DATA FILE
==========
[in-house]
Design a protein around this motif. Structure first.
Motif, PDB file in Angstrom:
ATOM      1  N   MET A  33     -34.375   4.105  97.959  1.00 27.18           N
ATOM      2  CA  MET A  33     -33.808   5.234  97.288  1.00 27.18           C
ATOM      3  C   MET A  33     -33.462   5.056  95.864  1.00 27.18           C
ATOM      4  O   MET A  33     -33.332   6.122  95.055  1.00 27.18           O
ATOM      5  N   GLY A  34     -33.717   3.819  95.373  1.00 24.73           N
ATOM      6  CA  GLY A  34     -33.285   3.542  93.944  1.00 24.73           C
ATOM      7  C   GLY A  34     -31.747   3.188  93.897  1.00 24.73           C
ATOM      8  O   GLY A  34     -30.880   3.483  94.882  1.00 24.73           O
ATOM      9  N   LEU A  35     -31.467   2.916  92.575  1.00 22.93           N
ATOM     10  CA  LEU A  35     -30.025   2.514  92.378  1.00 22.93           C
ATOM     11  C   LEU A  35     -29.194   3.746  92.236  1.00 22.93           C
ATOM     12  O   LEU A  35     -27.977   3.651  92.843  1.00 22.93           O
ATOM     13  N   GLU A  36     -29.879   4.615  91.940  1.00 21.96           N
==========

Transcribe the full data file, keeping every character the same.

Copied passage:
[in-house]
Design a protein around this motif. Structure first.
Motif, PDB file in Angstrom:
ATOM      1  N   MET A  33     -34.375   4.105  97.959  1.00 27.18           N
ATOM      2  CA  MET A  33     -33.808   5.234  97.288  1.00 27.18           C
ATOM      3  C   MET A  33     -33.462   5.056  95.864  1.00 27.18           C
ATOM      4  O   MET A  33     -33.332   6.122  95.055  1.00 27.18           O
ATOM      5  N   GLY A  34     -33.717   3.819  95.373  1.00 24.73           N
ATOM      6  CA  GLY A  34     -33.285   3.542  93.944  1.00 24.73           C
ATOM      7  C   GLY A  34     -31.747   3.188  93.897  1.00 24.73           C
ATOM      8  O   GLY A  34     -30.880   3.483  94.882  1.00 24.73           O
ATOM      9  N   LEU A  35     -31.467   2.916  92.575  1.00 22.93           N
ATOM     10  CA  LEU A  35     -30.025   2.514  92.378  1.00 22.93           C
ATOM     11  C   LEU A  35     -29.194   3.746  92.236  1.00 22.93           C
ATOM     12  O   LEU A  35     -27.977   3.651  92.843  1.00 22.93           O
ATOM     13  N   GLU A  36     -29.879   4.615  91.940  1.00 21.96           N